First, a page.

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Carved Oak


In this week’s History Tid Bit Tuesday, we’d like to elaborate on a story that WBOC recently published, “Ocean City Sculpture Gets Facelift.” Today, it is a rare pleasure to come across a positive news story, and this one certainly was not only a good news moment, but also a story that encouraged a deeper dive into the history behind that “Indian head” at the Ocean City Inlet. Who wouldn’t get excited about Delmarva’s Native American heritage and a weathered oak statue?!


Many of us are familiar with the famous Native American sculpture that presides over the last bend in the road before visitors flood the Ocean City inlet lot. A spectacle of intricately carved Oak standing 20 feet tall with our National Seashore to its south, number 21 of Hungarian artist Peter Toth’s 74 wood carved statues commemorates the local Native American tribes that once called this area home. Completed in 1976, the statue, formerly named “Nanticoke,” is part of what is referenced as the Trail of Whispering Giants, a project that Toth began in the early seventies to recognize the nations Native American roots. Primarily utilizing only simple tools like hammer, chisel, and axe, Toth has created statues in all 50 states, representing the tribes unique to the areas in which they were created. For Toth, the project became a life’s mission that he attributes to his own experience growing up as a child in Hungary, where the communist regime stole land from the people. Intriguing, too, is the variety of wood that Toth has chosen to use throughout the duration of the project (Oak, Maple, Cedar, Elm, Parotta, White Fir, Cypress, Tulip Poplar, Pine, Cottonwood, Douglas Fir, Spruce, and Redwood), and how some of the statues have gradually succumb to the challenges of Time (rot, elm disease, termites, weather).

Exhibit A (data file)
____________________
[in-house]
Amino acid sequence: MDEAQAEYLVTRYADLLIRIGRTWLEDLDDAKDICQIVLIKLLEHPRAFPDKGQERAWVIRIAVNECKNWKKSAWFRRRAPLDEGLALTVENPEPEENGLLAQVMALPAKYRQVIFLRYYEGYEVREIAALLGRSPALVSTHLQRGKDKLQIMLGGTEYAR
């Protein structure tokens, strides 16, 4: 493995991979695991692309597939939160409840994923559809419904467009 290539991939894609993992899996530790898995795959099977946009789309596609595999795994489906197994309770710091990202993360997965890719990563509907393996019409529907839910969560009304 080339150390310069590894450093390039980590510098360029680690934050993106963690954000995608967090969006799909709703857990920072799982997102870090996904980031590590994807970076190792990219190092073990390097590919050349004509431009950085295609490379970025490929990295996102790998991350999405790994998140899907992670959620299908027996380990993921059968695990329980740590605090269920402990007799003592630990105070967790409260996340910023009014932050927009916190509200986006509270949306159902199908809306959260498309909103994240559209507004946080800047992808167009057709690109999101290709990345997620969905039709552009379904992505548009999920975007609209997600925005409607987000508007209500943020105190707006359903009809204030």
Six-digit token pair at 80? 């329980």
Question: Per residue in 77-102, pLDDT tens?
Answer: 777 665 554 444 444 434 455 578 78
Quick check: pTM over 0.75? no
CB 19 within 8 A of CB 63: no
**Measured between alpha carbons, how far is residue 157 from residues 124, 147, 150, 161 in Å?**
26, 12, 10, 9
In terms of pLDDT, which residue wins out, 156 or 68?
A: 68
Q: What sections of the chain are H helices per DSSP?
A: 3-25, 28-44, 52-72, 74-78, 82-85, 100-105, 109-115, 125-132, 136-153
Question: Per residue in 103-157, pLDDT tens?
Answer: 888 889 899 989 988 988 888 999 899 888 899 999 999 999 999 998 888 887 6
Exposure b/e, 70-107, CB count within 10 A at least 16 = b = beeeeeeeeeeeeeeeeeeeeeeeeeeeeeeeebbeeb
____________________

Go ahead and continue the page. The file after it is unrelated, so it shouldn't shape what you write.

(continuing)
Toth has undeniably utilized his gift and that of art to raise awareness to the cultural legacy left by Native Americans on this land. And so, let us not overlook that carved oak tree that to this day stands tall, newly renovated, and overlooking the Ocean City inlet, jetties, Assateague Island, and us. A testament to the native tribes that once called this area home. Once, not along, Delmarva belonged to small tribes of the Algonquian Nation. The real locals.


To learn more about the Trail of Whispering Giants, statue location and other facts, visit http://www.dcschumaker.com/statues.htm.

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